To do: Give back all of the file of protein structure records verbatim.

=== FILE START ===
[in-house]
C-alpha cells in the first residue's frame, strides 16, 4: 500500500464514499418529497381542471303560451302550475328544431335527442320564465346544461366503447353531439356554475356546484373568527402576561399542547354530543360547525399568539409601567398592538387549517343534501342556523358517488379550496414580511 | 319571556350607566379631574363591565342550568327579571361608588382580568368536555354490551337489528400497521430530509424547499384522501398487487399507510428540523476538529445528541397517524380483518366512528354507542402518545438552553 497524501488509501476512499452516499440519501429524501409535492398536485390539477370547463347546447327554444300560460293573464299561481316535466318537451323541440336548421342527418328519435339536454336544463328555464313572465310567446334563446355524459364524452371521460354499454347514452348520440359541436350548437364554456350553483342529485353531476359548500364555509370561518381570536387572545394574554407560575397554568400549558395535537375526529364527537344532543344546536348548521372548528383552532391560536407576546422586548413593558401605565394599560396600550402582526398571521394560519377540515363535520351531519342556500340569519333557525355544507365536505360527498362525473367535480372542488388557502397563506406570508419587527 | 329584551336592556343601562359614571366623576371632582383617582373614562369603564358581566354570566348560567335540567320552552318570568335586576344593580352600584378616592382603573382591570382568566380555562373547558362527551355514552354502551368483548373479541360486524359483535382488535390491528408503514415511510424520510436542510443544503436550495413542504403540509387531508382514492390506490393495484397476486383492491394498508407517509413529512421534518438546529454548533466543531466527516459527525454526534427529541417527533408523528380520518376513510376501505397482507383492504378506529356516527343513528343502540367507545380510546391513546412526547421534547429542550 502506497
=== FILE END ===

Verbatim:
[in-house]
C-alpha cells in the first residue's frame, strides 16, 4: 500500500464514499418529497381542471303560451302550475328544431335527442320564465346544461366503447353531439356554475356546484373568527402576561399542547354530543360547525399568539409601567398592538387549517343534501342556523358517488379550496414580511 | 319571556350607566379631574363591565342550568327579571361608588382580568368536555354490551337489528400497521430530509424547499384522501398487487399507510428540523476538529445528541397517524380483518366512528354507542402518545438552553 497524501488509501476512499452516499440519501429524501409535492398536485390539477370547463347546447327554444300560460293573464299561481316535466318537451323541440336548421342527418328519435339536454336544463328555464313572465310567446334563446355524459364524452371521460354499454347514452348520440359541436350548437364554456350553483342529485353531476359548500364555509370561518381570536387572545394574554407560575397554568400549558395535537375526529364527537344532543344546536348548521372548528383552532391560536407576546422586548413593558401605565394599560396600550402582526398571521394560519377540515363535520351531519342556500340569519333557525355544507365536505360527498362525473367535480372542488388557502397563506406570508419587527 | 329584551336592556343601562359614571366623576371632582383617582373614562369603564358581566354570566348560567335540567320552552318570568335586576344593580352600584378616592382603573382591570382568566380555562373547558362527551355514552354502551368483548373479541360486524359483535382488535390491528408503514415511510424520510436542510443544503436550495413542504403540509387531508382514492390506490393495484397476486383492491394498508407517509413529512421534518438546529454548533466543531466527516459527525454526534427529541417527533408523528380520518376513510376501505397482507383492504378506529356516527343513528343502540367507545380510546391513546412526547421534547429542550 502506497